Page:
I was smitten by the Jeep Patriot the first time I got behind the wheel of the during the 2008 Motor Trend Sport/Utility testing of the year. It was the underdog of underdogs. Its CVT was it's biggest downfall. It left Jeep expectations unmet and had debuted with the Jeep Compass as its fraternal twin. But there was something about the boxy exterior that was a little more forgiving and a lot more loveable than its counterpart. After driving the 2013 Jeep Compass Latitude 4x4 and 2013 Jeep Patriot Latitude 4x4 back to back, my love-hate love affair for the Patriot remains the same.
In 2011, the Patriot underwent a mild fresh with new front and rear fascias while retaining its traditional squared off body lines. The interior also received a few new touches -- premium cloth bucket seats, soft-touch interior trim, and new steering wheel. The Patriot remained nearly unchanged for 2012 with a few new color options, a limited-edition Altitude trim level, and recalibrated CVT2 responsiveness. And for 2013, the only change is two new colors.
The Jeep Patriot and the Jeep Compass are nearly identical on paper. The sheetmetal is the only thing that sets these two apart. They share the same platform, engines, transmissions, and have nearly identical interiors - the Compass having less than 4 cubic inches more cargo space than the Patriot. Both back-to-back test vehicles featured the same Latitude trim level -- minus the premium sound group on the Patriot. The Patriot was equipped with the Security and Cargo Convenience group ($695), Uconnect 430 CD/DVD/MP3/HDD ($695), and Uconnect Voice Command with Bluetooth ($475).
Our tester was equipped with 2.4-liter, I-4 engine with 172 hp with 165 lb-ft of torque and paired with the CVT2. The Patriot doesn't have a traditional 4x4 system as does the Wrangler would. Because of the CVT, which features Freedom Drive I, it's an all-wheel drive system with a lockable center coupling. Zero to 60 comes in 10.1 seconds. It was like taking a Sunday drive through the mountains and getting stuck behind a logging rig the whole ride. It sounds painful, the throttle response significantly lags, and all you wish for is to hear the shifting of gears. Our figure-eight performance was underwhelming with lots of body-roll. It's an acquired driving experience for the non-enthusiast. However, it will get you where you want to go.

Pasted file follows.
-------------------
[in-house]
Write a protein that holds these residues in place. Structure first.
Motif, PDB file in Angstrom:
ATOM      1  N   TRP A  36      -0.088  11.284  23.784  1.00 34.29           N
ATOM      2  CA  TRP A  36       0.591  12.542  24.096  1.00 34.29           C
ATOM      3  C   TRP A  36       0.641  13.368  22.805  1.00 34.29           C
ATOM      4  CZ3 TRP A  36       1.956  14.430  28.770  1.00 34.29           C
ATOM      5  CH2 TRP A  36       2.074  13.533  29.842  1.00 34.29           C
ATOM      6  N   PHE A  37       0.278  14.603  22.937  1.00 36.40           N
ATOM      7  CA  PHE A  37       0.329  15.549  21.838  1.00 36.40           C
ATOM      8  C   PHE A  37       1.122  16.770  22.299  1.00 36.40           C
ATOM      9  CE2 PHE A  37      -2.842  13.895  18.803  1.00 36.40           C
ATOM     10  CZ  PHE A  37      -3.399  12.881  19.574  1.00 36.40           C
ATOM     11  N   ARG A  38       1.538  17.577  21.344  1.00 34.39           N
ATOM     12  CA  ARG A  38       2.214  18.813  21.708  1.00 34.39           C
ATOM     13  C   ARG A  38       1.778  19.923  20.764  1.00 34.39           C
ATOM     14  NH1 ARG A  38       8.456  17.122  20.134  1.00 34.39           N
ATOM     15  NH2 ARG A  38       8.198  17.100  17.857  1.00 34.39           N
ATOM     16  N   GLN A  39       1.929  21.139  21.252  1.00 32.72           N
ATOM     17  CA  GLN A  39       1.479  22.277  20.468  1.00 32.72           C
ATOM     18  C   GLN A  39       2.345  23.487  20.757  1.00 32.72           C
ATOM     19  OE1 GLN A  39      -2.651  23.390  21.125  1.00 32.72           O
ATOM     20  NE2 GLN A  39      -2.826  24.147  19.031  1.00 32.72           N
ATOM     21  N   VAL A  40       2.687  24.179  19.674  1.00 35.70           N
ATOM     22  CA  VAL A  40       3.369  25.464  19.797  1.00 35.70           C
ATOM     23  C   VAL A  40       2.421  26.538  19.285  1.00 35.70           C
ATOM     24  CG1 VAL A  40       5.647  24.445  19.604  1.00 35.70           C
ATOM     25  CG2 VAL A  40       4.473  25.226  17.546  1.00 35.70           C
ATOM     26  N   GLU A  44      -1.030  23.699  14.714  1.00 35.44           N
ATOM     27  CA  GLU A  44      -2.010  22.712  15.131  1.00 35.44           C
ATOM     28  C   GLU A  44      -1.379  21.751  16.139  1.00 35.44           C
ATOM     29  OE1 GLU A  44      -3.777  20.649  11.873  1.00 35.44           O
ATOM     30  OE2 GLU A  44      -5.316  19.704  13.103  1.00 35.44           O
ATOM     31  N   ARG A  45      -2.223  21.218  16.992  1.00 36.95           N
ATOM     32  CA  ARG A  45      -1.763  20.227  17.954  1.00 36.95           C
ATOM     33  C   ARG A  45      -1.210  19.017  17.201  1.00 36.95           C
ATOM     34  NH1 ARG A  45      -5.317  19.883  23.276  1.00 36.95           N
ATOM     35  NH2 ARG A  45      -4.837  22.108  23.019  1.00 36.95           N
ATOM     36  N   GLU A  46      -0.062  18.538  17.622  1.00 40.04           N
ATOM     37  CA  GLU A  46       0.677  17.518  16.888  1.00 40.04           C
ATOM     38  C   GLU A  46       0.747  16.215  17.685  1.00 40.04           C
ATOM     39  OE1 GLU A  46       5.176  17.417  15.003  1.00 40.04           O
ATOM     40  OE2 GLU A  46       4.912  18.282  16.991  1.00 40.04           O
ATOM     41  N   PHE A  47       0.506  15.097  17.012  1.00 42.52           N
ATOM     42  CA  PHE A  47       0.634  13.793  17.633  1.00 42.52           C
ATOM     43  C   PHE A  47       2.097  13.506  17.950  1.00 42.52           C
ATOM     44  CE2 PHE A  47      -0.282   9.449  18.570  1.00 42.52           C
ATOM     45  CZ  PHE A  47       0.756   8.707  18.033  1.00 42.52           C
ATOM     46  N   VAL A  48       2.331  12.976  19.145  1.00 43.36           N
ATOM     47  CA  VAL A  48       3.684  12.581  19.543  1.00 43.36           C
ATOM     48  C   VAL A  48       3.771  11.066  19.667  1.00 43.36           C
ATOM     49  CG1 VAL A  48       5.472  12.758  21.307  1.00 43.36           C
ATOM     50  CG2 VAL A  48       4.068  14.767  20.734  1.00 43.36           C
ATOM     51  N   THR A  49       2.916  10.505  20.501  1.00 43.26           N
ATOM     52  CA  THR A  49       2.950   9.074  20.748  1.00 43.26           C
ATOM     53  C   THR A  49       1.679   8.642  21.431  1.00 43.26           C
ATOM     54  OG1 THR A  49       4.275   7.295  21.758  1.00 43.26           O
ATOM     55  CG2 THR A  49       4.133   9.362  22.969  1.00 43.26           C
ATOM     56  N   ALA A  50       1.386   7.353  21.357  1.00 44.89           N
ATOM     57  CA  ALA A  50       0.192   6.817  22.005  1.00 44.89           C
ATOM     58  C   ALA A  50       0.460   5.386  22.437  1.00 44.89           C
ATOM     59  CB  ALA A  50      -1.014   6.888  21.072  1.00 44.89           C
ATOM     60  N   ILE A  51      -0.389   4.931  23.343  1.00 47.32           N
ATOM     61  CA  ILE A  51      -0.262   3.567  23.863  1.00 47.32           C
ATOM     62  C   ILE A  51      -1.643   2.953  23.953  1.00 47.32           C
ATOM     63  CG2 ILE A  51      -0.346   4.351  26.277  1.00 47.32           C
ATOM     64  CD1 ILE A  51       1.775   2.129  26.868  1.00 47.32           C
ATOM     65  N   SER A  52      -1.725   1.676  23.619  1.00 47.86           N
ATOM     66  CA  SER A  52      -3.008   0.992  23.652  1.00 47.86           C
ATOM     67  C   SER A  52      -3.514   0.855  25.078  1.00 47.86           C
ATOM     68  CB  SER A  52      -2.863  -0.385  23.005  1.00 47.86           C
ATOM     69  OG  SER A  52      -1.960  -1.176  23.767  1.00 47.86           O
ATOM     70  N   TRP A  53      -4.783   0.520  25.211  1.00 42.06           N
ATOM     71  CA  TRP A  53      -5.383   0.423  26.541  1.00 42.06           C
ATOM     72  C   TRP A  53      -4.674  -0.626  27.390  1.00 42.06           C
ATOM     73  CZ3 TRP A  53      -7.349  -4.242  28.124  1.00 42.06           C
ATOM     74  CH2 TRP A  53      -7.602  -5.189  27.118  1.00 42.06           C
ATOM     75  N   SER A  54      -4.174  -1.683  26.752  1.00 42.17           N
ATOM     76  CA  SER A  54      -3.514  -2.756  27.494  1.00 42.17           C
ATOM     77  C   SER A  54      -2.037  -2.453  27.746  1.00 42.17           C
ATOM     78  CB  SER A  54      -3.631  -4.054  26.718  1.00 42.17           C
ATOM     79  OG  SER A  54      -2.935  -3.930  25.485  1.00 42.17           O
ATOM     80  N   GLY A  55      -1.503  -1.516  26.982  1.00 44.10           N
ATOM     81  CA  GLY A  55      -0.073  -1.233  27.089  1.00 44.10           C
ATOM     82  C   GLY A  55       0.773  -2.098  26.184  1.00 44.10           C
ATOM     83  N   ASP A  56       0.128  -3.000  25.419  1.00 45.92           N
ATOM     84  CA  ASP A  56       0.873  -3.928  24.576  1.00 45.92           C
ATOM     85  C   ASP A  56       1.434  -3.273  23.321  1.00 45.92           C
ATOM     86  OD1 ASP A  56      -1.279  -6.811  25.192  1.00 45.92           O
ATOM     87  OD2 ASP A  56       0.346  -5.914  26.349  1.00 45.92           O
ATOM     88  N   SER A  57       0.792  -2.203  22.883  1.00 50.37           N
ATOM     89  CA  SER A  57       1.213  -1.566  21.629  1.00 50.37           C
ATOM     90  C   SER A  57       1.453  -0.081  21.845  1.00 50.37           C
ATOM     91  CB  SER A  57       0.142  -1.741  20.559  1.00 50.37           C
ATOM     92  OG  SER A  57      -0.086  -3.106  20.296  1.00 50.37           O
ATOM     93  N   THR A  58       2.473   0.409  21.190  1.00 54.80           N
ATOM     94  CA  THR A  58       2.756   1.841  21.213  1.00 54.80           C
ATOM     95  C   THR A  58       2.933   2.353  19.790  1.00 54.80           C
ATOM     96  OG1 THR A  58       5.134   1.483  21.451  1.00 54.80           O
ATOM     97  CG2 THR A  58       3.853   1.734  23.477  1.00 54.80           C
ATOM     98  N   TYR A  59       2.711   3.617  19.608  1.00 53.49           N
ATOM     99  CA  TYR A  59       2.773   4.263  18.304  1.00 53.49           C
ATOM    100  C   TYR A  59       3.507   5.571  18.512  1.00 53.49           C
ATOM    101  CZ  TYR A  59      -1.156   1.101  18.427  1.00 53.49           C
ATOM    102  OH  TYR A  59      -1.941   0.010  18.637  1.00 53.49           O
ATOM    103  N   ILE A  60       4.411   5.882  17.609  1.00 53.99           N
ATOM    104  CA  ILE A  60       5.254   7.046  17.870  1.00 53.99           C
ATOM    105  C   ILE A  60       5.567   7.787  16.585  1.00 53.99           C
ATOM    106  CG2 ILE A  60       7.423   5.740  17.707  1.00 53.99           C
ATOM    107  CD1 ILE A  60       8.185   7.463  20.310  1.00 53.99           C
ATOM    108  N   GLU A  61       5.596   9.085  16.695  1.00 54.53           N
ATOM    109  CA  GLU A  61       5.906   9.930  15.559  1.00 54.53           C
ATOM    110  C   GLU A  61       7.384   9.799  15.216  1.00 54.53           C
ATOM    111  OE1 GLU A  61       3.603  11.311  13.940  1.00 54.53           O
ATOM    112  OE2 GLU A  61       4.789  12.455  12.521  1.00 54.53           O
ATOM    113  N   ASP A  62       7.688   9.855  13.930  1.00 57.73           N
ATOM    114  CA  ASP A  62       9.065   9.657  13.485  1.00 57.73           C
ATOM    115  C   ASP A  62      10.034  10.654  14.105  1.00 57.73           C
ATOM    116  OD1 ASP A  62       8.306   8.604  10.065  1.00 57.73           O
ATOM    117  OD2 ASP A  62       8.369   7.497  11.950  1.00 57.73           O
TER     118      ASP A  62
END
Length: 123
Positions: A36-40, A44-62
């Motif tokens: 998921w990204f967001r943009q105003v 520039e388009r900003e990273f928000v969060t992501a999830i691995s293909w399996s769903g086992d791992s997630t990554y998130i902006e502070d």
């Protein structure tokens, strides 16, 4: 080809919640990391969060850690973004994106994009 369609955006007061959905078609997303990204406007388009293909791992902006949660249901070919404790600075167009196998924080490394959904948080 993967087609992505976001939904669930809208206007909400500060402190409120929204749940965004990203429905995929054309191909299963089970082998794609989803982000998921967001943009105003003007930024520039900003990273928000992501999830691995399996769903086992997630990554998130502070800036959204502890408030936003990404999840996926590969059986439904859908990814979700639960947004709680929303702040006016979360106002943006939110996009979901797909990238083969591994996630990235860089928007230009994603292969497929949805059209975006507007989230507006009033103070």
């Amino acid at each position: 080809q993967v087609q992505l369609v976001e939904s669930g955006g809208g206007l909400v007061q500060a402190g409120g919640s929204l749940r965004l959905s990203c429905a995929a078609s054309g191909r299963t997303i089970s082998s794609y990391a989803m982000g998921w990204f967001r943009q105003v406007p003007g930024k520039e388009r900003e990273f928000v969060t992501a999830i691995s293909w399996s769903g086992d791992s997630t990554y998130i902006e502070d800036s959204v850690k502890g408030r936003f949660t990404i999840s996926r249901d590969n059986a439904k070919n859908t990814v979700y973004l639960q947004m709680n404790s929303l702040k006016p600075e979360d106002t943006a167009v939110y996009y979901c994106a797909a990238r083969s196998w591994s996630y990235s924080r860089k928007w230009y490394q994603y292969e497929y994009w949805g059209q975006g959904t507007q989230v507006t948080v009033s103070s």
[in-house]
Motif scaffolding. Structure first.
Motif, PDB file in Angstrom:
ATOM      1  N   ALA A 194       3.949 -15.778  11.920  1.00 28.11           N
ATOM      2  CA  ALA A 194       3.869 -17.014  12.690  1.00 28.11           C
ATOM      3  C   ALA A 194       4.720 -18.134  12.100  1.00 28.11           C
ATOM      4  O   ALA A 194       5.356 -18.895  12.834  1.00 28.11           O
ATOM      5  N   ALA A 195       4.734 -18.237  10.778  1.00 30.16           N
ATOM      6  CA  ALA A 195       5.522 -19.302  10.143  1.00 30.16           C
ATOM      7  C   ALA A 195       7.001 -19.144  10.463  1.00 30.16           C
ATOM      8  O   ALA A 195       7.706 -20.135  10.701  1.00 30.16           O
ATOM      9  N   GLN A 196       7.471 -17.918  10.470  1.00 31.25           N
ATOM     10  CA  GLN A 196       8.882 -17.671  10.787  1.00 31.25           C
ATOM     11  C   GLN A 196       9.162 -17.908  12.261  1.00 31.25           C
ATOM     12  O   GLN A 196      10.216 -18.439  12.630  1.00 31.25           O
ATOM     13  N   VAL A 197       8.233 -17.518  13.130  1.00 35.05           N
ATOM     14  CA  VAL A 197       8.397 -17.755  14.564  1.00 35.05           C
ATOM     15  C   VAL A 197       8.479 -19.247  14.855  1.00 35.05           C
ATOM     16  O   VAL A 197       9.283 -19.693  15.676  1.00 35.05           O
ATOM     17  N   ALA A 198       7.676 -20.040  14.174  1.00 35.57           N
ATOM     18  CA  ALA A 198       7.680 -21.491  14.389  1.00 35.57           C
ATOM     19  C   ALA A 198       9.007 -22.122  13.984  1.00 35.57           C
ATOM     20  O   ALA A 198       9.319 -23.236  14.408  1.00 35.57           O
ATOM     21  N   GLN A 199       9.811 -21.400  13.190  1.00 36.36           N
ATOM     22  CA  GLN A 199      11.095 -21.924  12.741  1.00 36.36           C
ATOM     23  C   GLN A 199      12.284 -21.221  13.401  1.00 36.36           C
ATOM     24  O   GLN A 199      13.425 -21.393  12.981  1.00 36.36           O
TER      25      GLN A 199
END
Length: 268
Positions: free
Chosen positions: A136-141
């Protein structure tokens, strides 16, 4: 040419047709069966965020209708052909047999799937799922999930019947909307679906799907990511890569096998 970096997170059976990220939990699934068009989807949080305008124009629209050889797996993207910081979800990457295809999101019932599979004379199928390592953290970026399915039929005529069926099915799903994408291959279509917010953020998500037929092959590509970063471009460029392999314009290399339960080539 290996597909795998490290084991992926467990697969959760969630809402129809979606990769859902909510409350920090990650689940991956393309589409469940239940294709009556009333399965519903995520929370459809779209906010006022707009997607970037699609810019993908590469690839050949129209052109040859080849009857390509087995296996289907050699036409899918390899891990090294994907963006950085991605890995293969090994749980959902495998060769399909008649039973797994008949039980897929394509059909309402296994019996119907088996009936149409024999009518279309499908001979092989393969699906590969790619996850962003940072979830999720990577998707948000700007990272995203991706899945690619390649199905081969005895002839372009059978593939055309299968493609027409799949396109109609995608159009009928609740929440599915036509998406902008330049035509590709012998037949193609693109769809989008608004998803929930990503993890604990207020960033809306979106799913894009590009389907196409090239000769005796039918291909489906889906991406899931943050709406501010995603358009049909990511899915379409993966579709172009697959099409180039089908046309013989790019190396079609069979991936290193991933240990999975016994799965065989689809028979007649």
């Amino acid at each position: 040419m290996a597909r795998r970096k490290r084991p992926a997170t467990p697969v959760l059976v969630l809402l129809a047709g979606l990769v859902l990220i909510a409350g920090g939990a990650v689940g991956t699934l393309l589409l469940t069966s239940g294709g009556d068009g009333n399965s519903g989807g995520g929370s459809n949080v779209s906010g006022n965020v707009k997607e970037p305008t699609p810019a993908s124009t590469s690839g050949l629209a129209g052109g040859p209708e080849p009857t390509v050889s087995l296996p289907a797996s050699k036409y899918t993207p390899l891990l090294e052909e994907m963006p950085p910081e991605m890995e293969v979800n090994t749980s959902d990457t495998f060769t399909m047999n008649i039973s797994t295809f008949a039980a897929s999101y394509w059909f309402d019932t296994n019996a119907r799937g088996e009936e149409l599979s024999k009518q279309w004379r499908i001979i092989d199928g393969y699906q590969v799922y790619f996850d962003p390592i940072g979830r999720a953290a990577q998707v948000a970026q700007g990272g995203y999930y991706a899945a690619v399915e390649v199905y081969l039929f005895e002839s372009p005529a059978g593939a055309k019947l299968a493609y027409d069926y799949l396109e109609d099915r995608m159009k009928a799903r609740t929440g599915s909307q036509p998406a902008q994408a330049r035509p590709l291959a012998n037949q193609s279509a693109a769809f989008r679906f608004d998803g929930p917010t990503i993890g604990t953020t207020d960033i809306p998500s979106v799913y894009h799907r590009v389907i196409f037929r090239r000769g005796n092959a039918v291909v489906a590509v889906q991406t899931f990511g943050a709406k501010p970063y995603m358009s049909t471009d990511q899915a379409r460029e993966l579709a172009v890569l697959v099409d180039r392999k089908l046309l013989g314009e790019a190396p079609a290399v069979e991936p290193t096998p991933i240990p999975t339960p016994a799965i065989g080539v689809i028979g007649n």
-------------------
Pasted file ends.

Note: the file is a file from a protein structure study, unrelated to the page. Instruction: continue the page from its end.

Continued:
The Patriot's styling reminds me of the 1990s Jeep Cherokee. Though they are close in size, the Patriot lacks all the fun components that made the Jeep Cherokee so popular with off-road enthusiasts. The Patriot's modern interior and traditional exterior give this little 'ute a really SUV appeal, but it feels like a top heavy, underpowered compact sedan. I really want to love the Patriot for what it isn't -- instead I just like it for being square.
|2013 Jeep Patriot Latitude|
|PRICE AS TESTED||$25,195|
|VEHICLE LAYOUT||Front engine, AWD, 5-pass, 4-door SUV|
|ENGINE||2.4L/172-hp/165-lb-ft DOHC 16-valve I-4|
|TRANSMISSION||Cont. variable auto|
|CURB WEIGHT (F/R DIST)||3358 lb (57/43%)|
|LENGTH x WIDTH x HEIGHT||173.8 x 69.2 x 65.5 in|
|0-60 MPH||10.1 sec|
|QUARTER MILE||17.6 sec @ 81.2 mph|
|BRAKING, 60-0 MPH||130 ft|
|LATERAL ACCELERATION||0.74 g (avg)|
|MT FIGURE EIGHT||29.8 sec @ 0.53 g (avg)|
|EPA CITY/HWY FUEL ECON||21/26 mpg|
|ENERGY CONS., CITY/HWY||160/130 kW-hrs/100 miles|
|CO2 EMISSIONS||0.84 lb/mile|